Yoga is an ancient form of meditation that involves the body and the mind and has proven to be quite effective as an aid for individuals recovering from addiction. To those who believe yoga to be a series of strange physical poses or a specifically Eastern religious exercise, this may seem far-fetched. The truth is, however, that yoga provides several intellectual, emotional and physical benefits that apply to all types of people from all types of faiths.
The Physical Benefits of Yoga
Carefully practiced yoga is a serious workout. Though it is accessible for people of all levels of fitness, these poses provide all of the following physiological benefits under the guidance of an expert:
- Elevated heart rate and respiration, which is good for cleansing and stimulating endorphins
- Improved balance and overall connection to one’s body
- Perspiration, which cleanses toxins from the body
- Improved muscle tone, which relieves pain and other symptoms of physical weakness
- Improved flexibility
- Joint and back pain relief
Although scientific evidence is difficult to find, many yoga experts emphatically believe that certain poses actually stimulate improved organ function and aid in the purification of the blood from toxins.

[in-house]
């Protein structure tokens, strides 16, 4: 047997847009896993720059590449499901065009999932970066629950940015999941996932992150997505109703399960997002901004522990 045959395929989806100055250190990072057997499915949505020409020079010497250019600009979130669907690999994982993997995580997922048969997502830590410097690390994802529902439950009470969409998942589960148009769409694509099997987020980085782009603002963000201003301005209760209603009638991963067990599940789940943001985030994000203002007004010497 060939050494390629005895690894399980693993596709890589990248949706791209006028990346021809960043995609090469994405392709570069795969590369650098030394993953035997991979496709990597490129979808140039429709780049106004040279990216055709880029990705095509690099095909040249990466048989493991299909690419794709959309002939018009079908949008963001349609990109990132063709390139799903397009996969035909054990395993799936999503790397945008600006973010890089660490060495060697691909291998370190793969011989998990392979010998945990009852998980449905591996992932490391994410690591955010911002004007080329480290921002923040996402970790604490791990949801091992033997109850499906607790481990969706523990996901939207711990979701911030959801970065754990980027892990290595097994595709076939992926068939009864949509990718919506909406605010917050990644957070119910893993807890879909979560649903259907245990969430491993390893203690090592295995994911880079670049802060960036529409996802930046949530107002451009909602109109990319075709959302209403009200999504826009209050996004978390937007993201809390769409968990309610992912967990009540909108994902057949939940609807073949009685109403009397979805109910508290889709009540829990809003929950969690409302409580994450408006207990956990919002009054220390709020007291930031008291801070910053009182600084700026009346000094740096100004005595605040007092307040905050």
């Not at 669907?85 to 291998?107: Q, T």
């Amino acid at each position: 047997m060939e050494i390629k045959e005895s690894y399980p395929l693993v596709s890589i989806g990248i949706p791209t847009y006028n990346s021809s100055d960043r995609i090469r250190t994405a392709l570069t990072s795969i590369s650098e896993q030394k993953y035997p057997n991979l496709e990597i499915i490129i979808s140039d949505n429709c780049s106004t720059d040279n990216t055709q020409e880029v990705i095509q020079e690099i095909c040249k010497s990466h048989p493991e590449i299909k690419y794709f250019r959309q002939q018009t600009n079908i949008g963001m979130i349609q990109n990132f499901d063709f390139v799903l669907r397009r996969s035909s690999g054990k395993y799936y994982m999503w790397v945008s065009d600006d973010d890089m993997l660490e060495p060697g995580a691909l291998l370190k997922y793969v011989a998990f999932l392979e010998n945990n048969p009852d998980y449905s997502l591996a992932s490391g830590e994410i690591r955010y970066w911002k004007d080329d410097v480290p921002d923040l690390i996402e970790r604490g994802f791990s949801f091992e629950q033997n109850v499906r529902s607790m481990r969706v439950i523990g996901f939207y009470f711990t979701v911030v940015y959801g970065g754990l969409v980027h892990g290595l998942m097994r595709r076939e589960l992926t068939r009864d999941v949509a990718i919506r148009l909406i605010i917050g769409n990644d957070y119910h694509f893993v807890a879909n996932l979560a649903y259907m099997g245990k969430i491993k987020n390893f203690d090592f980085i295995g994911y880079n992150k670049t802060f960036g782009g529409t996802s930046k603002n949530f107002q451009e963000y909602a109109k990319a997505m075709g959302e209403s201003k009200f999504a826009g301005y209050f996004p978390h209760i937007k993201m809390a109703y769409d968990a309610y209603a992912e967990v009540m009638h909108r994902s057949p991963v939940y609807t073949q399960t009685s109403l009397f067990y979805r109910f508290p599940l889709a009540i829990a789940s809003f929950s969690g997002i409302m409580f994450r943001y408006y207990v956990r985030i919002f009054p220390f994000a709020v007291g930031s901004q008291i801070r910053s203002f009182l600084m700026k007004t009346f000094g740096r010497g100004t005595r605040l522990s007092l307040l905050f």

The Cognitive Benefits of Yoga
Yoga also provides several cognitive or intellectual benefits for an individual in the process of recovering from addiction. One of the most serious challenges of recovery is developing an ability to mentally understand the patterns of abuse, to identify various triggers and to choose to place oneself in the best environment for continued sobriety.
Yoga aids in that process by clearing the mind of needless distractions and cultivating a healthy focus on the body, the emotions and the environment. Although these skills take time develop, many regular yoga devotees report that the practice helps them become better listeners, better caregivers to those around them and more mindful of the emotions they themselves experience on a day-to-day basis. This mindfulness is a huge asset in the ongoing recovery process.
The Psychological Benefits of Yoga
Possibly the most important aspect of addiction recovery, and one of the hardest to accomplish, is healing the psychological damage caused by the disease. Addicts suffer from impulse control deficiencies and emotion regulation challenges that cause them to self-medicate with drugs or alcohol.
Yoga offers many emotional benefits for these people, including the following:
- Improved relaxation and peacefulness
- Breathing exercises to calm the mind
- Improved self-esteem and personal pride
- Spiritual connection to one’s “higher power” (whatever that power may be)
- Endorphins released during yoga that spur increased feelings of happiness and pleasure
- Valuable social connections established with other yoga practitioners
- The physical and emotional release of stress and anxiety
Simply put, regular practitioners of yoga report greater feelings of happiness and joy and decreased feelings of anxiety or stress. This is an enormous advantage for people working to break the harmful patterns addiction has created in their body and mind.